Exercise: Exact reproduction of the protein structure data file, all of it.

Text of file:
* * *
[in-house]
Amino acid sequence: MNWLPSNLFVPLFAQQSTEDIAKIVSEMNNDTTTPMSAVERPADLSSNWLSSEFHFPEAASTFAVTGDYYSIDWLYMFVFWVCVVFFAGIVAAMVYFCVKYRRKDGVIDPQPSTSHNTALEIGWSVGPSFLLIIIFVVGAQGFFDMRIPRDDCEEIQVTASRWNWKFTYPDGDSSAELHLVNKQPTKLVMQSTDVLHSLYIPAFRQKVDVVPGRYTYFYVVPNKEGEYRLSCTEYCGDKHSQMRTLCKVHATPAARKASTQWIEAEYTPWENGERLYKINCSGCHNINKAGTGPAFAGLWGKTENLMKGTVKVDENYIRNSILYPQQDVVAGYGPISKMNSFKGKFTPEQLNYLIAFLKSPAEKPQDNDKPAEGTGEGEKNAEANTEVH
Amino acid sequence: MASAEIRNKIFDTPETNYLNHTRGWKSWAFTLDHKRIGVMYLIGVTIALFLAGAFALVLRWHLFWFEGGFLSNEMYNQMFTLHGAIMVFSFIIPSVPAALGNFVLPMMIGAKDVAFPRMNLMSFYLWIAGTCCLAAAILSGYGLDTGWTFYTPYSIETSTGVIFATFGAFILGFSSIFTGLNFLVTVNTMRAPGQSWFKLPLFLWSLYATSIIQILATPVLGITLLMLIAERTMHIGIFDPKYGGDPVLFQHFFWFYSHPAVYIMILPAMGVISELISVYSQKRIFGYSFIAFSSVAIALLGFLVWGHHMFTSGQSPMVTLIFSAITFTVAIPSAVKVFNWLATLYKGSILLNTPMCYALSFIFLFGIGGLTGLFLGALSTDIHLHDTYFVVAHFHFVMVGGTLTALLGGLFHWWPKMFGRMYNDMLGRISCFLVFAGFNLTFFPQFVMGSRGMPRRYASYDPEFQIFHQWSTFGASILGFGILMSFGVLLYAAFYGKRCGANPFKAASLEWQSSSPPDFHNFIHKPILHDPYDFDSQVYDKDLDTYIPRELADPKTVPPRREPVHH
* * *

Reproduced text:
[in-house]
Amino acid sequence: MNWLPSNLFVPLFAQQSTEDIAKIVSEMNNDTTTPMSAVERPADLSSNWLSSEFHFPEAASTFAVTGDYYSIDWLYMFVFWVCVVFFAGIVAAMVYFCVKYRRKDGVIDPQPSTSHNTALEIGWSVGPSFLLIIIFVVGAQGFFDMRIPRDDCEEIQVTASRWNWKFTYPDGDSSAELHLVNKQPTKLVMQSTDVLHSLYIPAFRQKVDVVPGRYTYFYVVPNKEGEYRLSCTEYCGDKHSQMRTLCKVHATPAARKASTQWIEAEYTPWENGERLYKINCSGCHNINKAGTGPAFAGLWGKTENLMKGTVKVDENYIRNSILYPQQDVVAGYGPISKMNSFKGKFTPEQLNYLIAFLKSPAEKPQDNDKPAEGTGEGEKNAEANTEVH
Amino acid sequence: MASAEIRNKIFDTPETNYLNHTRGWKSWAFTLDHKRIGVMYLIGVTIALFLAGAFALVLRWHLFWFEGGFLSNEMYNQMFTLHGAIMVFSFIIPSVPAALGNFVLPMMIGAKDVAFPRMNLMSFYLWIAGTCCLAAAILSGYGLDTGWTFYTPYSIETSTGVIFATFGAFILGFSSIFTGLNFLVTVNTMRAPGQSWFKLPLFLWSLYATSIIQILATPVLGITLLMLIAERTMHIGIFDPKYGGDPVLFQHFFWFYSHPAVYIMILPAMGVISELISVYSQKRIFGYSFIAFSSVAIALLGFLVWGHHMFTSGQSPMVTLIFSAITFTVAIPSAVKVFNWLATLYKGSILLNTPMCYALSFIFLFGIGGLTGLFLGALSTDIHLHDTYFVVAHFHFVMVGGTLTALLGGLFHWWPKMFGRMYNDMLGRISCFLVFAGFNLTFFPQFVMGSRGMPRRYASYDPEFQIFHQWSTFGASILGFGILMSFGVLLYAAFYGKRCGANPFKAASLEWQSSSPPDFHNFIHKPILHDPYDFDSQVYDKDLDTYIPRELADPKTVPPRREPVHH